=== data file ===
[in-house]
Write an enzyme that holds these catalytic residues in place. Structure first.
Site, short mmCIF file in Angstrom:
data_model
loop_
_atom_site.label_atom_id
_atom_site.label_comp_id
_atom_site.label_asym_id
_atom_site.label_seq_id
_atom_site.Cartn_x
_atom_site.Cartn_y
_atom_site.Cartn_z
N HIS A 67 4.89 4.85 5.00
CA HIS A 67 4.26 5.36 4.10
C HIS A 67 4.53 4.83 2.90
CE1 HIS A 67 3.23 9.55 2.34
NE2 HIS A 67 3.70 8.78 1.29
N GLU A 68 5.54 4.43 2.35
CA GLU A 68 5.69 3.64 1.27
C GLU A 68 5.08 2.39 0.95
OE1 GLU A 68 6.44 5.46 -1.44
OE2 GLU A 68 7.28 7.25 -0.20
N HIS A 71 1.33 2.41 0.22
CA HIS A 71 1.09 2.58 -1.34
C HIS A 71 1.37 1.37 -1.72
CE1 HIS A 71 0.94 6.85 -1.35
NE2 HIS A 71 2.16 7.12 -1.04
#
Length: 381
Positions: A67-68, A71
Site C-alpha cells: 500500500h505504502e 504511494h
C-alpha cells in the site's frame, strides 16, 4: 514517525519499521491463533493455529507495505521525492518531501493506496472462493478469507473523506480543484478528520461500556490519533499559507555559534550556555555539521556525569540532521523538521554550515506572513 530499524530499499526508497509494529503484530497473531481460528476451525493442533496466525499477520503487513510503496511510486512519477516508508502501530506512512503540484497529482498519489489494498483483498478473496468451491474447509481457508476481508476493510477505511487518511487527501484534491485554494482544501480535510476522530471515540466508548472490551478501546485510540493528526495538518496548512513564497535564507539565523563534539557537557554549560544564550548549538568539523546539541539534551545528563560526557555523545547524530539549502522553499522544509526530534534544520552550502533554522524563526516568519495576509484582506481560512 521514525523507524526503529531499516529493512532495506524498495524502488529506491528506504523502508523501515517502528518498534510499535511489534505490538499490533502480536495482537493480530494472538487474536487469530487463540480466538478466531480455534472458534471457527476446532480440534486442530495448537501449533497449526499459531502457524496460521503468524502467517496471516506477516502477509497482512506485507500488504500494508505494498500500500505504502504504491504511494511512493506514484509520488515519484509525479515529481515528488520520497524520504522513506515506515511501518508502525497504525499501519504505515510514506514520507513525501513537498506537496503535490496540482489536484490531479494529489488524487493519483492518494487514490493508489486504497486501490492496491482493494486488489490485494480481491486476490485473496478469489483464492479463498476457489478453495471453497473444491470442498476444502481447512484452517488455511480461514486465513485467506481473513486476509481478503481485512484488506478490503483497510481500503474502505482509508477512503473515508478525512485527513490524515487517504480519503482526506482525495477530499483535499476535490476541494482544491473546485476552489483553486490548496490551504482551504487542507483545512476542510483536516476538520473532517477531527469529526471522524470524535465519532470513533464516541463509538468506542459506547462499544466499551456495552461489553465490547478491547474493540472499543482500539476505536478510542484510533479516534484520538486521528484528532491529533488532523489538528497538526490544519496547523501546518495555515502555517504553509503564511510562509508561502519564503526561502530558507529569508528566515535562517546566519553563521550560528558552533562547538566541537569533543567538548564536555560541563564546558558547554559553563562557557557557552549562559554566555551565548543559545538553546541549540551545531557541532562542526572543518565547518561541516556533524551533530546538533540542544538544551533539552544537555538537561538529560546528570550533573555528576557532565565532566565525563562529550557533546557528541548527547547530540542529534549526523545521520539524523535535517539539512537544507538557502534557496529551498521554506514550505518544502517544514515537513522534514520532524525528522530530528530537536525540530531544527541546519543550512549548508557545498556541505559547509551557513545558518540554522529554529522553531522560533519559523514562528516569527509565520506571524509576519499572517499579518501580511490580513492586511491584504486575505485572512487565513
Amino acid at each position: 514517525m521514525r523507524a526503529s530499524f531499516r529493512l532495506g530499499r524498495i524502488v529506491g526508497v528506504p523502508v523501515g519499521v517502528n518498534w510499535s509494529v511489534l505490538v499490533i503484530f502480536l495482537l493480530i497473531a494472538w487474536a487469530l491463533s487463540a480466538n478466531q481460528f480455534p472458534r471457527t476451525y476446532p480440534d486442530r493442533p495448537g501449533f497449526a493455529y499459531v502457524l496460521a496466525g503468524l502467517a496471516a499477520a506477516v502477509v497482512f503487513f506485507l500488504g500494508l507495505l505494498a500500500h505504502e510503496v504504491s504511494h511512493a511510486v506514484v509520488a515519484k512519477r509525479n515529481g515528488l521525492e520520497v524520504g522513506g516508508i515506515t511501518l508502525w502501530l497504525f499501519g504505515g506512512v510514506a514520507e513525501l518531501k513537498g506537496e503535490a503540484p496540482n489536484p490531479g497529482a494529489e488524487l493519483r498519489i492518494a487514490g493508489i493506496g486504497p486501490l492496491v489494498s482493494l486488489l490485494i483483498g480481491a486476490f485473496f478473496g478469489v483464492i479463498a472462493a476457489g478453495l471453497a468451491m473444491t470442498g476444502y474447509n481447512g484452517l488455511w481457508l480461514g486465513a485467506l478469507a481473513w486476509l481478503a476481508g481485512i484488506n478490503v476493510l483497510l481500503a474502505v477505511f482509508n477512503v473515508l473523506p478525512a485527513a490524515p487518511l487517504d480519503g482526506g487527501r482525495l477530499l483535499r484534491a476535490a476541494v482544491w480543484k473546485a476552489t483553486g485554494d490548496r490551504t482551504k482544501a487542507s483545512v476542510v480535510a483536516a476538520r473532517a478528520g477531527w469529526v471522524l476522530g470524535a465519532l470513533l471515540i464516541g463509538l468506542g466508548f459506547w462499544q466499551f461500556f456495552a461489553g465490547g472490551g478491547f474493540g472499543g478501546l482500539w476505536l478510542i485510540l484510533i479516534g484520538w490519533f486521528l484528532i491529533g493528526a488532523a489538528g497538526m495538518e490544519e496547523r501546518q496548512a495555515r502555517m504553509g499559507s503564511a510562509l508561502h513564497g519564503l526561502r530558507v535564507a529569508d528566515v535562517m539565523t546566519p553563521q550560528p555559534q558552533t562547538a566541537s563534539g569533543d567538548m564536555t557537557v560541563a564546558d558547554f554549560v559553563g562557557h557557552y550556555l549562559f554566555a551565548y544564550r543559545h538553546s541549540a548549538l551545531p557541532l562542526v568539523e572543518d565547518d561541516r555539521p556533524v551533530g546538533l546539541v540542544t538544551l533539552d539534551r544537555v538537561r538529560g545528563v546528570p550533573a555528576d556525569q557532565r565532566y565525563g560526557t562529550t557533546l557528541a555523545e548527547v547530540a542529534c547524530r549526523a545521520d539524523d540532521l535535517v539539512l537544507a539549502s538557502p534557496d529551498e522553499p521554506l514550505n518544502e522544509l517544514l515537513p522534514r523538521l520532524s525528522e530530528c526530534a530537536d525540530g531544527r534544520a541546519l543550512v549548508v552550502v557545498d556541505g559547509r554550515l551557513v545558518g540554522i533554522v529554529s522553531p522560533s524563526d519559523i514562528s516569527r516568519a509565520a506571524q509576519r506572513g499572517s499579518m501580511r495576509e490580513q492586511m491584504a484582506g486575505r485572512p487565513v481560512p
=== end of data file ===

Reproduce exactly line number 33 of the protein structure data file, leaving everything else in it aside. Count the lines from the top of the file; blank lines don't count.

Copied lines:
Amino acid at each position: 514517525m521514525r523507524a526503529s530499524f531499516r529493512l532495506g530499499r524498495i524502488v529506491g526508497v528506504p523502508v523501515g519499521v517502528n518498534w510499535s509494529v511489534l505490538v499490533i503484530f502480536l495482537l493480530i497473531a494472538w487474536a487469530l491463533s487463540a480466538n478466531q481460528f480455534p472458534r471457527t476451525y476446532p480440534d486442530r493442533p495448537g501449533f497449526a493455529y499459531v502457524l496460521a496466525g503468524l502467517a496471516a499477520a506477516v502477509v497482512f503487513f506485507l500488504g500494508l507495505l505494498a500500500h505504502e510503496v504504491s504511494h511512493a511510486v506514484v509520488a515519484k512519477r509525479n515529481g515528488l521525492e520520497v524520504g522513506g516508508i515506515t511501518l508502525w502501530l497504525f499501519g504505515g506512512v510514506a514520507e513525501l518531501k513537498g506537496e503535490a503540484p496540482n489536484p490531479g497529482a494529489e488524487l493519483r498519489i492518494a487514490g493508489i493506496g486504497p486501490l492496491v489494498s482493494l486488489l490485494i483483498g480481491a486476490f485473496f478473496g478469489v483464492i479463498a472462493a476457489g478453495l471453497a468451491m473444491t470442498g476444502y474447509n481447512g484452517l488455511w481457508l480461514g486465513a485467506l478469507a481473513w486476509l481478503a476481508g481485512i484488506n478490503v476493510l483497510l481500503a474502505v477505511f482509508n477512503v473515508l473523506p478525512a485527513a490524515p487518511l487517504d480519503g482526506g487527501r482525495l477530499l483535499r484534491a476535490a476541494v482544491w480543484k473546485a476552489t483553486g485554494d490548496r490551504t482551504k482544501a487542507s483545512v476542510v480535510a483536516a476538520r473532517a478528520g477531527w469529526v471522524l476522530g470524535a465519532l470513533l471515540i464516541g463509538l468506542g466508548f459506547w462499544q466499551f461500556f456495552a461489553g465490547g472490551g478491547f474493540g472499543g478501546l482500539w476505536l478510542i485510540l484510533i479516534g484520538w490519533f486521528l484528532i491529533g493528526a488532523a489538528g497538526m495538518e490544519e496547523r501546518q496548512a495555515r502555517m504553509g499559507s503564511a510562509l508561502h513564497g519564503l526561502r530558507v535564507a529569508d528566515v535562517m539565523t546566519p553563521q550560528p555559534q558552533t562547538a566541537s563534539g569533543d567538548m564536555t557537557v560541563a564546558d558547554f554549560v559553563g562557557h557557552y550556555l549562559f554566555a551565548y544564550r543559545h538553546s541549540a548549538l551545531p557541532l562542526v568539523e572543518d565547518d561541516r555539521p556533524v551533530g546538533l546539541v540542544t538544551l533539552d539534551r544537555v538537561r538529560g545528563v546528570p550533573a555528576d556525569q557532565r565532566y565525563g560526557t562529550t557533546l557528541a555523545e548527547v547530540a542529534c547524530r549526523a545521520d539524523d540532521l535535517v539539512l537544507a539549502s538557502p534557496d529551498e522553499p521554506l514550505n518544502e522544509l517544514l515537513p522534514r523538521l520532524s525528522e530530528c526530534a530537536d525540530g531544527r534544520a541546519l543550512v549548508v552550502v557545498d556541505g559547509r554550515l551557513v545558518g540554522i533554522v529554529s522553531p522560533s524563526d519559523i514562528s516569527r516568519a509565520a506571524q509576519r506572513g499572517s499579518m501580511r495576509e490580513q492586511m491584504a484582506g486575505r485572512p487565513v481560512p